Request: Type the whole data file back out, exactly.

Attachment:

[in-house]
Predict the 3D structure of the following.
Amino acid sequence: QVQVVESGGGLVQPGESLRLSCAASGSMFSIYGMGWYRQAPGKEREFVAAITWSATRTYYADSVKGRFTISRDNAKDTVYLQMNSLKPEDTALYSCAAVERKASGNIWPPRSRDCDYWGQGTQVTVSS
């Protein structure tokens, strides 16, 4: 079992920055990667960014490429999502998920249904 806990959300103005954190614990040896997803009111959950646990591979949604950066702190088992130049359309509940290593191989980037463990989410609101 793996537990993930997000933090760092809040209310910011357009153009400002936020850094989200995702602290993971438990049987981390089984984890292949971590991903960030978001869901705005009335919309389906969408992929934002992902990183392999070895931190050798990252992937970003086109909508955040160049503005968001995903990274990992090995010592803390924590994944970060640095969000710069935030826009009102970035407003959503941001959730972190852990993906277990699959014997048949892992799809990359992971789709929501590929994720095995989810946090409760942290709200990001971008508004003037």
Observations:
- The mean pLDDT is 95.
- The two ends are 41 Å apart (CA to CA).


[in-house]
Predict the 3D structure of the following.
Amino acid sequence: QVQVVESGGGLVQPGESLRLSCAASGSMFSIYGMGWYRQAPGKEREFVAAITWSATRTYYADSVKGRFTISRDNAKDTVYLQMNSLKPEDTALYSCAAVERKASGNIWPPRSRDCDYWGQGTQVTVSS
């Protein structure tokens, strides 16, 4: 079992920055990667960014490429999502998920249904 806990959300103005954190614990040896997803009111959950646990591979949604950066702190088992130049359309509940290593191989980037463990989410609101 793996537990993930997000933090760092809040209310910011357009153009400002936020850094989200995702602290993971438990049987981390089984984890292949971590991903960030978001869901705005009335919309389906969408992929934002992902990183392999070895931190050798990252992937970003086109909508955040160049503005968001995903990274990992090995010592803390924590994944970060640095969000710069935030826009009102970035407003959503941001959730972190852990993906277990699959014997048949892992799809990359992971789709929501590929994720095995989810946090409760942290709200990001971008508004003037």
Observations:
- The mean pLDDT is 95.
- The two ends are 41 Å apart (CA to CA).